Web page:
If outgoings are not included in the rental amount, negotiate a cap or fixed fee for all outgoings. Ensure that the outgoings are clearly defined in the lease agreement and ask for periodic statements that itemize outgoing fees such as gardening, maintenance, advertising costs etc.
  • Talk to your accountant
    Seek your accountant’s advice on the most tax-effective way to structure the rent, outgoings and GST.
 
 
 
 
Information on lease agreements and your rights as a lessee.
 
   
Other terms & obligations
 
Other lease terms that you should be aware of include responsibility for fit-out costs, maintenance and repairs, property improvements, use of common areas, sub-letting and lease renewal options.
 
Improvements & alterations
Many standard commercial lease contracts will stipulate that you cannot make any material alterations or improvements to the property without the consent of the landlord. Ensure that the clause also provides that the landlord’s consent won’t be reasonably withheld or delayed.
 
Avoid signing leases that include a provision that the premises must be returned to its original condition at the end of the lease period.
 
Common areas
Your usage rights for common areas of the premises including signage rights and restrictions and car-parking allowances for staff and visitors should also be negotiated in line with your requirements and clearly defined in your property lease. Make sure the terms relating to your use and access to common areas don’t compromise your business operations.
 
Sub-letting
Ensure that your lease agreement gives you the flexibility to sub-let or re-assign the tenancy of the premises in the event that you sell or change ownership of your business or choose to sub-let part of the premises to another business operator/s.
 
Option to renew
Make sure that you negotiate an option to re-new in your commercial lease agreement at a fixed or pre-determined price as opposed to a ‘market price’ or an amount to be negotiated.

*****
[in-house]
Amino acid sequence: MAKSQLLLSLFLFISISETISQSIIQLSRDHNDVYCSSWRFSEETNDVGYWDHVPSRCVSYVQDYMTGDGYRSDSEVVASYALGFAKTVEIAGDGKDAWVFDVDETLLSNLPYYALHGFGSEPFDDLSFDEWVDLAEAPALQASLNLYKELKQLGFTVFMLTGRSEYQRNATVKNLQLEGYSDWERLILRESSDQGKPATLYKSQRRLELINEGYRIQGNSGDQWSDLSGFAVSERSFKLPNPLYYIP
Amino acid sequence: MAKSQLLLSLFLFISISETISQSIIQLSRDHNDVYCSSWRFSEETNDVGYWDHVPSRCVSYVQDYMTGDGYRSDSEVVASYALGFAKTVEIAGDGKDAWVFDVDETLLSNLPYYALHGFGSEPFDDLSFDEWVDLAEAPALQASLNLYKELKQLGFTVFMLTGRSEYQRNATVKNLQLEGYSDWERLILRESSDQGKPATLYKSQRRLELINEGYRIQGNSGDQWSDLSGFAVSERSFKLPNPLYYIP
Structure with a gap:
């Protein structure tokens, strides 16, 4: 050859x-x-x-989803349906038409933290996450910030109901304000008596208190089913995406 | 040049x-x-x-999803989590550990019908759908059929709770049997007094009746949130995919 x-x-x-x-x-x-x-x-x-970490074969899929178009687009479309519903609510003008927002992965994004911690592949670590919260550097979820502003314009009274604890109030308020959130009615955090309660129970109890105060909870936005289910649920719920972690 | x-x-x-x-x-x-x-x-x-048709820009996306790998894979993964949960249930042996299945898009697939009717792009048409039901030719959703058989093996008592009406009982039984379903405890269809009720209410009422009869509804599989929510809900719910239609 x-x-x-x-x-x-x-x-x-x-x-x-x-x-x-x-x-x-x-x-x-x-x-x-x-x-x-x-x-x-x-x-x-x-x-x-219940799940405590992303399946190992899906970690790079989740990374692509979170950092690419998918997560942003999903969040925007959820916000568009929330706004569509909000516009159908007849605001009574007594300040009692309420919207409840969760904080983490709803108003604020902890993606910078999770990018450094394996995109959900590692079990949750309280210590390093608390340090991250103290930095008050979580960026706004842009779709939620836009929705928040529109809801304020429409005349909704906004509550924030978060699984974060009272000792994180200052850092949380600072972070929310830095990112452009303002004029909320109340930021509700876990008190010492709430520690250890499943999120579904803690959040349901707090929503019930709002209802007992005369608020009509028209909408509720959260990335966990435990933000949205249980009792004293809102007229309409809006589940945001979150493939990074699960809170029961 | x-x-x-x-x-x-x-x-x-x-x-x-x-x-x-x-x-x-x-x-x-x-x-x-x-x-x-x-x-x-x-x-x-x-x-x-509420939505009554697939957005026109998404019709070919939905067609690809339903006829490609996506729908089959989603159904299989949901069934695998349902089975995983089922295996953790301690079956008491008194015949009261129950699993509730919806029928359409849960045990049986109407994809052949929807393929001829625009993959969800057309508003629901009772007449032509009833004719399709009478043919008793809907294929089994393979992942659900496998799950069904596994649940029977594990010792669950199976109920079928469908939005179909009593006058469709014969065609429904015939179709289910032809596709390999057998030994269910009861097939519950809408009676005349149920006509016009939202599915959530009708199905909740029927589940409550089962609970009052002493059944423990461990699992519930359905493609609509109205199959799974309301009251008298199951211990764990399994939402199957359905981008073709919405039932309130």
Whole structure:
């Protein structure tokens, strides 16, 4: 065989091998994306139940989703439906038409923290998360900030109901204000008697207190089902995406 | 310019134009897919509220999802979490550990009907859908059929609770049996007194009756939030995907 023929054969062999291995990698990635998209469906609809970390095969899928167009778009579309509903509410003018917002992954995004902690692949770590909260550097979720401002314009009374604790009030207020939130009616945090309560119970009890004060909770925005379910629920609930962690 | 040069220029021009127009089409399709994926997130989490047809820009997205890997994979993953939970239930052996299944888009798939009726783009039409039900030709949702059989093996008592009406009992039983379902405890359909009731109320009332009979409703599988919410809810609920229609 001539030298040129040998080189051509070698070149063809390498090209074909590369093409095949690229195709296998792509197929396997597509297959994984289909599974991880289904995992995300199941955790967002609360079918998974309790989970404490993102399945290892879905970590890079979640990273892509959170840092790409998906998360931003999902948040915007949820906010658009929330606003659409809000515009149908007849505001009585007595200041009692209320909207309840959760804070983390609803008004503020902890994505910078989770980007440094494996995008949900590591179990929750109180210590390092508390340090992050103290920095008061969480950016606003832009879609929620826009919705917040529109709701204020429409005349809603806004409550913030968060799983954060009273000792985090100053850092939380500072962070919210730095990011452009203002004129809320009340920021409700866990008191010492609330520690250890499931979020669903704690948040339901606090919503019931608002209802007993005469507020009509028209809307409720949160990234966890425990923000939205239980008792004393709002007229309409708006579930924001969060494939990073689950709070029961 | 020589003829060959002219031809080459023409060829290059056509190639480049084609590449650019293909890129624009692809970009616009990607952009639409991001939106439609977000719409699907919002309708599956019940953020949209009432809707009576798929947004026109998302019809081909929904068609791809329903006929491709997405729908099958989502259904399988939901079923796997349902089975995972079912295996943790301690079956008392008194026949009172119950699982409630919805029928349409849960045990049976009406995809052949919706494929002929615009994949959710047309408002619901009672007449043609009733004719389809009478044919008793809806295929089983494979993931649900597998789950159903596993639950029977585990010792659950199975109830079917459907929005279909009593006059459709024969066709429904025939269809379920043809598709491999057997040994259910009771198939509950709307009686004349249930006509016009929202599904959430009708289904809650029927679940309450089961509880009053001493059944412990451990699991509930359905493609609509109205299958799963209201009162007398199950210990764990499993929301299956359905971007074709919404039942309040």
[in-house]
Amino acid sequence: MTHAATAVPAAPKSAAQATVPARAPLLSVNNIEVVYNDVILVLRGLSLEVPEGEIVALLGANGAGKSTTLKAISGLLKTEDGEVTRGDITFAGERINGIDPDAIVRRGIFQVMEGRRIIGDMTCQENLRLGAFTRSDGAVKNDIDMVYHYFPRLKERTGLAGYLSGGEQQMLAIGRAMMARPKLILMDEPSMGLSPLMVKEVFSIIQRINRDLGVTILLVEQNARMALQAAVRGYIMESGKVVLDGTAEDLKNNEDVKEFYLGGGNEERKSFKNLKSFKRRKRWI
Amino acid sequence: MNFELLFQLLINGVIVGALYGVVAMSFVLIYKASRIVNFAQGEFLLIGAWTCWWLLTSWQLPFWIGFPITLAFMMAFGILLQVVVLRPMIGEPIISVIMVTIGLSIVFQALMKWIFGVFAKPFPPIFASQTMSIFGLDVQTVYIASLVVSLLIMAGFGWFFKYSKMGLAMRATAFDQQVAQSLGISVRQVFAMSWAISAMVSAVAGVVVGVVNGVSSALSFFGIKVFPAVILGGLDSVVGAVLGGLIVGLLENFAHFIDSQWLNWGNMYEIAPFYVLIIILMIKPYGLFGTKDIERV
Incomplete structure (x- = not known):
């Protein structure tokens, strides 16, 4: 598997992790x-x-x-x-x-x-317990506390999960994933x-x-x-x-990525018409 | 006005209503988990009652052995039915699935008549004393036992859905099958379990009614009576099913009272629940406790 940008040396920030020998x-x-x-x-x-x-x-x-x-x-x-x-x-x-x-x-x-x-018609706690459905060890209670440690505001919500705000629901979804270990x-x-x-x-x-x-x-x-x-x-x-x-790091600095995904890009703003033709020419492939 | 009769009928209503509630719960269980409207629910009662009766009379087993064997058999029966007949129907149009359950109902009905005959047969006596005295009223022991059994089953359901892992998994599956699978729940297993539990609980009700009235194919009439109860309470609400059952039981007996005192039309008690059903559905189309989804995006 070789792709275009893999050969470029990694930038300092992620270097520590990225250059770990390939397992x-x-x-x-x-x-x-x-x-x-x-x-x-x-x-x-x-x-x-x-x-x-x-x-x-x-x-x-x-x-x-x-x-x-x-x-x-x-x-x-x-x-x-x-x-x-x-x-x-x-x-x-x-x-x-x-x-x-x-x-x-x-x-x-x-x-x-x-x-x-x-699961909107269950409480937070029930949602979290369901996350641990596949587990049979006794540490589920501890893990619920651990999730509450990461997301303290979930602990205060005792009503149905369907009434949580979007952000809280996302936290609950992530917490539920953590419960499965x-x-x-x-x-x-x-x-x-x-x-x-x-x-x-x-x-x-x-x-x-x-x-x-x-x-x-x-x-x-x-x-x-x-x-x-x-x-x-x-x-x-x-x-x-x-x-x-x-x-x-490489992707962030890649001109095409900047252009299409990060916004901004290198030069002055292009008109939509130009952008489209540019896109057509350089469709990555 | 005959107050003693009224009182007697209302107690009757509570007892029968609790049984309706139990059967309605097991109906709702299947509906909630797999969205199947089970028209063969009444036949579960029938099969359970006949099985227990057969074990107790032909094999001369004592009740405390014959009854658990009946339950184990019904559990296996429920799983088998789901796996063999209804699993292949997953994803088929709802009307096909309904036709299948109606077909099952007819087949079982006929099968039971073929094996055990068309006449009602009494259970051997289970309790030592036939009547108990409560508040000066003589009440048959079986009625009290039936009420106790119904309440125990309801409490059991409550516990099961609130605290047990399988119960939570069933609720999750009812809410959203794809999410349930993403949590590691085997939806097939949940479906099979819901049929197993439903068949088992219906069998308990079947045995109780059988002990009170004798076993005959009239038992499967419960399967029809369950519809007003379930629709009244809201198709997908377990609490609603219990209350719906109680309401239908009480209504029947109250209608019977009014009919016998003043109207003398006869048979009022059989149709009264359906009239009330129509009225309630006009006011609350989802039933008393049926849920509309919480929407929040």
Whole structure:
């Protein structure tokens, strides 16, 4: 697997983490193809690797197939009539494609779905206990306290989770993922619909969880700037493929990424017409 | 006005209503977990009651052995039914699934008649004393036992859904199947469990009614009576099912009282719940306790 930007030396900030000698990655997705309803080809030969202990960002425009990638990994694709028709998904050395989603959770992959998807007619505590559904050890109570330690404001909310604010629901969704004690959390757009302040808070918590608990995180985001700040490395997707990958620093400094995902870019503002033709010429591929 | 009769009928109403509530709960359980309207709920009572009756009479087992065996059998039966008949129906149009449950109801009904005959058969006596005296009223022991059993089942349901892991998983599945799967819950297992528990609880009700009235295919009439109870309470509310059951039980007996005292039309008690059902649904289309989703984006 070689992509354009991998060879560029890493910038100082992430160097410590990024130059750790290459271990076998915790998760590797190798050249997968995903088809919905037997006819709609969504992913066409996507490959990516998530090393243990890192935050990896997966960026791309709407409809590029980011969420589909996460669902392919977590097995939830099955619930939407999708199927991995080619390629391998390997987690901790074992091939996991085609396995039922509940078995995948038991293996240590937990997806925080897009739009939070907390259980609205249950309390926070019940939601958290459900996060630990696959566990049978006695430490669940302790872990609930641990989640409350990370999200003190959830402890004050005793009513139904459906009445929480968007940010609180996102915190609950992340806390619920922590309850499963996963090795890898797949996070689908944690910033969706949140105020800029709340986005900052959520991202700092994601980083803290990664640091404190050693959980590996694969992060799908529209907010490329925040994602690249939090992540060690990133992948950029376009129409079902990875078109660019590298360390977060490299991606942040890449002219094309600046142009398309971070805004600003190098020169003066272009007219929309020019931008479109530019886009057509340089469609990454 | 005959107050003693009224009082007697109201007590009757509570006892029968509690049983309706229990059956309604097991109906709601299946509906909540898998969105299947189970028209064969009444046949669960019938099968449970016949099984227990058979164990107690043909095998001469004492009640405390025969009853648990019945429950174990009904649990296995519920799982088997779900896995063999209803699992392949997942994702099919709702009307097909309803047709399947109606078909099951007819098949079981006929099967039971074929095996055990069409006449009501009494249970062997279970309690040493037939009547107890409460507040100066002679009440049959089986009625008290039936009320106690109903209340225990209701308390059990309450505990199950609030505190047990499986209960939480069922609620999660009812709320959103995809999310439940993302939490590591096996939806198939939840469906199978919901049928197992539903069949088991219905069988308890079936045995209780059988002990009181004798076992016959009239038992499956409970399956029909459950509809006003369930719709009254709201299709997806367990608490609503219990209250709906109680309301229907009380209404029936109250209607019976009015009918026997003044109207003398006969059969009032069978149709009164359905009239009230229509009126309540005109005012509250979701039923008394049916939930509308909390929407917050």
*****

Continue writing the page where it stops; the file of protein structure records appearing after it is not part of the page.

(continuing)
Right of first offer or first refusal
A right of first offer obligates your landlord to offer you any space that becomes available in the premises before they offer it to any third parties while a right of first refusal means that your landlord is obligated to offer you the opportunity to match any deals before signing with any third parties.
 
Other Obligations
Most commercial leases will hold you responsible for keeping the premises, fixtures and fittings in good repair. Make sure any terms relating to your obligations and responsibilities as a tenant are fair, reasonable and clearly stated.
 
What to do:
  • Know your requirements
    Make sure the terms of your lease cover all of your requirements and do not prevent you from doing anything that you will reasonably need to do throughout the term of your lease in order to run and grow your business. E.g. client/customer car-parking, signage, lease renewal and sub-letting options. Make sure all negotiated terms are written into the property lease.

  • Negotiate terms
    Remember that all terms are negotiable. If the lease agreement presented to you by your prospective landlord does not meet your business needs and requirements, negotiate the terms that are not favourable.

  • Inspect and document the property
    Make sure you inspect the property thoroughly, take photographs and make notes to avoid any disputes about the original condition of the premises at the end of your lease agreement.

  • Get your solicitor to review your lease agreement
    Before you sign your commercial or retail lease, always get a solicitor to review your lease agreement and explain your contractual obligations to you. Keep a copy of your lease in a safe place.
 
 
 
 
Index of state information and advisory services on commercial and retail leases.
 
 
Important - Read This: This information is intended to provide general information only which may not be applicable to your particular circumstances.  You agree to access this information at your own risk and that First Point Media Pty Ltd is not liable to you for the content of the information or any reliance by you on this information.